Water Safety and Persistent Misconceptions
As temperatures rise this summer, many families take to the water. But did you know that drowning remains one of the leading causes of preventable deaths for children in the U.S., with nearly 800 deaths each year? Help us change this and make the water a safe place for our kids to play.
We conducted new research and uncovered some persistent misconceptions parents have about water safety. For example, nearly half of parents we spoke with think that if a child was drowning nearby, they would hear it – but drowning is silent and there can be very little splashing, waving or screaming. And 1 out of 3 parents have left a child alone in a pool for two or more minutes, when the reality is that drowning is quick and parents may have less than a minute to react once a child starts to struggle.
So how can parents keep their kids safe in and around water? We have answers.
NEW RESEARCH REPORT
Our newest research report, “Keeping Kids Safe In and Around Water: Exploring Misconceptions that Lead to Drowning,” seeks to raise awareness around this important topic. We explored persistent misconceptions giving families a false sense of security and offer tips to help parents keep their kids safe.
We’ve created an infographic highlighting the most important facts and findings for parents, as well as several of the most common misconceptions. These discoveries, alongside important tips, are presented here in a way that’s helpful and easy to read.
WHAT FAMILIES CAN DO TO KEEP KIDS SAFE
- Watch kids when they are in or around water, without being distracted. Keep young children within arms’ reach of an adult. Make sure older children swim with a partner every time.
- Teach children how to swim. Every child is different, so enroll children in swim lessons when they are ready. Consider their age, development and how often they are around water.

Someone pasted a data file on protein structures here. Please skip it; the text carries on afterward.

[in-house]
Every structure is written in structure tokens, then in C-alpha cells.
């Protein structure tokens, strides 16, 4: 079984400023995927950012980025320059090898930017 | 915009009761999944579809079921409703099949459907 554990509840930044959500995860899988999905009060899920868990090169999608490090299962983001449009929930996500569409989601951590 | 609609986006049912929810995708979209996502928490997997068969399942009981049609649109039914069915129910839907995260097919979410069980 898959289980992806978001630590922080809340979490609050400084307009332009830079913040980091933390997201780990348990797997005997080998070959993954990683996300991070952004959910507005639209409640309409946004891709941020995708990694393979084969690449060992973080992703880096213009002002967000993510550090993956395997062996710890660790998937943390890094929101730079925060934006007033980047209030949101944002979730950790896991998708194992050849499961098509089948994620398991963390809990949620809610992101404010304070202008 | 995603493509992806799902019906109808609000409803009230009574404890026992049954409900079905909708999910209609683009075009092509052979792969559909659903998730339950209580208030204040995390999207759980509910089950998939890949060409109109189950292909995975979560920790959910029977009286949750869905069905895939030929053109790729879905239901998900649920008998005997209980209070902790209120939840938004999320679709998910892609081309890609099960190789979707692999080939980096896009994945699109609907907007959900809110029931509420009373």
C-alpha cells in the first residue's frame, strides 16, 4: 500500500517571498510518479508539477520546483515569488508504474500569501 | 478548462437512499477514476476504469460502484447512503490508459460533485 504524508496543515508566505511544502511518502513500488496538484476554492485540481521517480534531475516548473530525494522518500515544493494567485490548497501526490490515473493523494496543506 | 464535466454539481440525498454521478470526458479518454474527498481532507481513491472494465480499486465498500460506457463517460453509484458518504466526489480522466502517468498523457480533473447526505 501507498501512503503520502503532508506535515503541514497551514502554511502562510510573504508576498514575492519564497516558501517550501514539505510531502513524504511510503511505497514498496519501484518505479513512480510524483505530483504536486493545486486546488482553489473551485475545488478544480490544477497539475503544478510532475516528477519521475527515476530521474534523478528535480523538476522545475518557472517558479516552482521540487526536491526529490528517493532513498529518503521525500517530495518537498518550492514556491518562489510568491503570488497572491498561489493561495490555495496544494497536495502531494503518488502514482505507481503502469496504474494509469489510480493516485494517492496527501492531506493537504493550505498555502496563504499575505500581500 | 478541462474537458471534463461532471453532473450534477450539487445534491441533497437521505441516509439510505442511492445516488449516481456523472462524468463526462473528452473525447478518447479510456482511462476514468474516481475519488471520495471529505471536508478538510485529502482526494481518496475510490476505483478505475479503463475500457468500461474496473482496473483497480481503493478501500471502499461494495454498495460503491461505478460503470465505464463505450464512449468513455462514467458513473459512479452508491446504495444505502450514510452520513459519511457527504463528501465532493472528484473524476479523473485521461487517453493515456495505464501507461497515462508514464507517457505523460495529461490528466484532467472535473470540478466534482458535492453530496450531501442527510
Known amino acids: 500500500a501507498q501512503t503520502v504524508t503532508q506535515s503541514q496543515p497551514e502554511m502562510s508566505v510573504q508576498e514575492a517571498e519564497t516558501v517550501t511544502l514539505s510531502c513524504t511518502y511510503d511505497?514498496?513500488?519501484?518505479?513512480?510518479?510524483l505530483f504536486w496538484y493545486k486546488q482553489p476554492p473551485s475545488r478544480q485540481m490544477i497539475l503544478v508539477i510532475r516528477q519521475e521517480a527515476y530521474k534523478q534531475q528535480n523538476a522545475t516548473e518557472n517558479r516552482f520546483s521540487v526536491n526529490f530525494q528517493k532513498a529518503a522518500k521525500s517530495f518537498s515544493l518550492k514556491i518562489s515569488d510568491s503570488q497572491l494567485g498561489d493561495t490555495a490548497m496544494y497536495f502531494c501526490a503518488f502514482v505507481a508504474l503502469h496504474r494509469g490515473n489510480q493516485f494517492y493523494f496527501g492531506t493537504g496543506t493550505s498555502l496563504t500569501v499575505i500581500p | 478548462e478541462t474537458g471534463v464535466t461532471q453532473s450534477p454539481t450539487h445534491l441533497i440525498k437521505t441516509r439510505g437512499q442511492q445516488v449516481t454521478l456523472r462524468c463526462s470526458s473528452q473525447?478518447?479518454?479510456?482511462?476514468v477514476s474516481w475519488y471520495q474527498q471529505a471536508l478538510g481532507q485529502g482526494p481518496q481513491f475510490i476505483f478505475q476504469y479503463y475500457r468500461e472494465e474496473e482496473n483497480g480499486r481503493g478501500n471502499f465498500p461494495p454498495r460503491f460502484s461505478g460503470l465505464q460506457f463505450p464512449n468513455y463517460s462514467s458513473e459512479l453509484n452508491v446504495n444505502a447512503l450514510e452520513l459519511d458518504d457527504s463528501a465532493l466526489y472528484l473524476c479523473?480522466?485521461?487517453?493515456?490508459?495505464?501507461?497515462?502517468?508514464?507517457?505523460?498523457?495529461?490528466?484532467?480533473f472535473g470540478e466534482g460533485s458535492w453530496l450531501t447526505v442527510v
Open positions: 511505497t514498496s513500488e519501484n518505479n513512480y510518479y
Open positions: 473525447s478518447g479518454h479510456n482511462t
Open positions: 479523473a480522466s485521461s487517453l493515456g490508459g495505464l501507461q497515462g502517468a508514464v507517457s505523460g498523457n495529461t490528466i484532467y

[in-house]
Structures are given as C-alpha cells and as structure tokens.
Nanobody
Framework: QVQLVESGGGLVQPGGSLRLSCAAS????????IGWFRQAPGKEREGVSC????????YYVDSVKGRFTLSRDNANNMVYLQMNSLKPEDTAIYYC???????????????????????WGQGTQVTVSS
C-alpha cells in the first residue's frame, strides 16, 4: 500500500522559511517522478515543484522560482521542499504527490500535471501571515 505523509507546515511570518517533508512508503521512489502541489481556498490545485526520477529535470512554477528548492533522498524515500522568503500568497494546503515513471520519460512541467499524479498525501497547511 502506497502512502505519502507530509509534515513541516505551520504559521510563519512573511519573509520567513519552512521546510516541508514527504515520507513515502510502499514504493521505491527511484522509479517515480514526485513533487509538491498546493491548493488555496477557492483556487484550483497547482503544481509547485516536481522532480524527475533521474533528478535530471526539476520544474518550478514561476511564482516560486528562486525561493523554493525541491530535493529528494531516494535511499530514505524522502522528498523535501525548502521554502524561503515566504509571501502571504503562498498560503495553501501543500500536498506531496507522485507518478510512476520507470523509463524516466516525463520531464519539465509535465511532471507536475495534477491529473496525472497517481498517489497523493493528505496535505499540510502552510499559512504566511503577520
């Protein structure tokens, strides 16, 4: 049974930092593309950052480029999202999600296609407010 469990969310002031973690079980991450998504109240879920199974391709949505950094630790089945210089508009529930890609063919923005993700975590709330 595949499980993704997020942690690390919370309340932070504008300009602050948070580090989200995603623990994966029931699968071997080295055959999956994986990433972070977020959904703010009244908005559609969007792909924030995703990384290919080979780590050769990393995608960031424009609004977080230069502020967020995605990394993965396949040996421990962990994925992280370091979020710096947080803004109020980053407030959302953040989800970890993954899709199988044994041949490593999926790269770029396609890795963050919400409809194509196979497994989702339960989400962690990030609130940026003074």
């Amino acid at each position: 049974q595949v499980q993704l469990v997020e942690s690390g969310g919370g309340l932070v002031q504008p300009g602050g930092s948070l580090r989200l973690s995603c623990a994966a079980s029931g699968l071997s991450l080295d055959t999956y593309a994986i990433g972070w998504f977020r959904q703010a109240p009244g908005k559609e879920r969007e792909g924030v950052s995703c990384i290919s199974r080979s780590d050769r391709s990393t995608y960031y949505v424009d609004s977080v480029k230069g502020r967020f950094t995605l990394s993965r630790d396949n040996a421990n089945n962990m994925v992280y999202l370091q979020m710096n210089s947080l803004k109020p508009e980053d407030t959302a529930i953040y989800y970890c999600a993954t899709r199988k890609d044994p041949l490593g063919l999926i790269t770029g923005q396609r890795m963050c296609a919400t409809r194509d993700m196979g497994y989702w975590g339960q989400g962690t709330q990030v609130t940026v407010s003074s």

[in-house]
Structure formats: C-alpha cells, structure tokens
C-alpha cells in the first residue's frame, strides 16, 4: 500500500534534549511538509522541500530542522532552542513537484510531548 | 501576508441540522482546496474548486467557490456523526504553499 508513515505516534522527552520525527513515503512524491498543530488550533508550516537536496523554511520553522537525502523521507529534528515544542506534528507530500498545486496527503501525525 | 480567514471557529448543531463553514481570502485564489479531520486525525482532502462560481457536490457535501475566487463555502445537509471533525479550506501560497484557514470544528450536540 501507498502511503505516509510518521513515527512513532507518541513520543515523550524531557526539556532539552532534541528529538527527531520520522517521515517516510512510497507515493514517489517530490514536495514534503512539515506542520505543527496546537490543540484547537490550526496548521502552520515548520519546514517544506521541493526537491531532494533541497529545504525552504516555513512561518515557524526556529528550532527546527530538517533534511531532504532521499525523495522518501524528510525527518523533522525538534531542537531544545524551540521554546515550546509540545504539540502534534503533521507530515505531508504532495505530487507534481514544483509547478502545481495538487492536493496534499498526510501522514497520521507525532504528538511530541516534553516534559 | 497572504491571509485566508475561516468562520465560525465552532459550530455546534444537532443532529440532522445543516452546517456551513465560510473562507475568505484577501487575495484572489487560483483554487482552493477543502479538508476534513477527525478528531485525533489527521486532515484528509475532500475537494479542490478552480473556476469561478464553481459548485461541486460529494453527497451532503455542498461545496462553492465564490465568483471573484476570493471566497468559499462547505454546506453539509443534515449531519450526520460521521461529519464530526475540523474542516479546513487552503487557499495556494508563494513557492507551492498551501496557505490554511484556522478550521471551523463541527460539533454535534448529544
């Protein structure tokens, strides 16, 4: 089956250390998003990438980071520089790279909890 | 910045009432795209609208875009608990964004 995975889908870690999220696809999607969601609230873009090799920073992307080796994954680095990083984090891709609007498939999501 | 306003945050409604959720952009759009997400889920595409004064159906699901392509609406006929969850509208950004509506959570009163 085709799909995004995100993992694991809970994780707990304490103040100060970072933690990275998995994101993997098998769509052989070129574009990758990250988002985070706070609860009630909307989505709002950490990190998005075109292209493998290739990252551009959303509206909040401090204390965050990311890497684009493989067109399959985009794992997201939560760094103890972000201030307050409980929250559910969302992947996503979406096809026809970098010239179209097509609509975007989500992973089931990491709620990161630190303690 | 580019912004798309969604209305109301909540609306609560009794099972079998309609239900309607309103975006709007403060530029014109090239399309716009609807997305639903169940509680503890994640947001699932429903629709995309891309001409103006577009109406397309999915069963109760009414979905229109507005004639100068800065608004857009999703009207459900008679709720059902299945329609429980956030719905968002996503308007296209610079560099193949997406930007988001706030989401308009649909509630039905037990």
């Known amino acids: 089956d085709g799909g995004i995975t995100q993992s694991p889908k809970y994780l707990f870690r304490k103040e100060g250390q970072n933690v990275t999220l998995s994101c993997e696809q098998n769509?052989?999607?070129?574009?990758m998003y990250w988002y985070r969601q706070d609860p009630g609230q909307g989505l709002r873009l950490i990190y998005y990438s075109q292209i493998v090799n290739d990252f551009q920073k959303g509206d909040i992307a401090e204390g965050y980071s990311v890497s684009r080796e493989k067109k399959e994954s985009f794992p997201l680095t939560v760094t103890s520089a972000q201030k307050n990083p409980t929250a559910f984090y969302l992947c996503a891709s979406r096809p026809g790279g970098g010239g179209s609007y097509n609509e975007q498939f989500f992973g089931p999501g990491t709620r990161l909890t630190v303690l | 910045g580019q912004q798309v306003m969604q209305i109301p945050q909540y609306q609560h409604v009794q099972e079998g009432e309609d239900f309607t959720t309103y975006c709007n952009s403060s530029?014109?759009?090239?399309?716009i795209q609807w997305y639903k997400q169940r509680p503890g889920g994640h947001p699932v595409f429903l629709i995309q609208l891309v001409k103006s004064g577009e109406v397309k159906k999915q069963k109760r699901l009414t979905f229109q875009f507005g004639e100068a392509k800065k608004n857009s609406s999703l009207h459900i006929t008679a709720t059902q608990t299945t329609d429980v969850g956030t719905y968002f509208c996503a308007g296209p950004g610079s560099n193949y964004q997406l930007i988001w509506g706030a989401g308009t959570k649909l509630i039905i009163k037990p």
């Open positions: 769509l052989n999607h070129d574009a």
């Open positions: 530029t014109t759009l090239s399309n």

- Make sure kids know how to swim and have these five water survival skills:
- Step or jump into water over their heads.
- Return to the surface and float or tread water for one minute.
- Turn around in a full circle and find an exit from the water.
- Swim 25 yards to exit the water.
- Exit from the water. If in a pool, be able to exit without using the ladder.
- Install fences around home pools. A pool fence should surround all sides of the pool and be at least 4 feet tall with self-closing and self-latching gates.
- Empty kids’ pools after each use. Store them upside down so they don’t collect water.
- Know what to do in an emergency. Learning CPR and basic water rescue skills may help you save a child’s life.
A My High 5 list makes it easy for you to learn safety actions you can take right now to keep your kids safe.
WATER WATCHER CARD
When children are swimming and there are several adults present, make sure kids are actively supervised at all times by choosing a Water Watcher. A Water Watcher is a responsible adult who agrees to watch the kids in the water without distractions and hold a Water Watcher card. After a certain amount of time (such as 15-minutes), the Water Watcher card is passed to another adult, who is responsible for the active supervision.
GARY ON THE STREET
Gary hit the streets – or in this case, the pool – to find out what parents know about keeping their eye on kids at the pool and if they’ve ever heard of a Water Watcher card. Be sure to watch to the very end!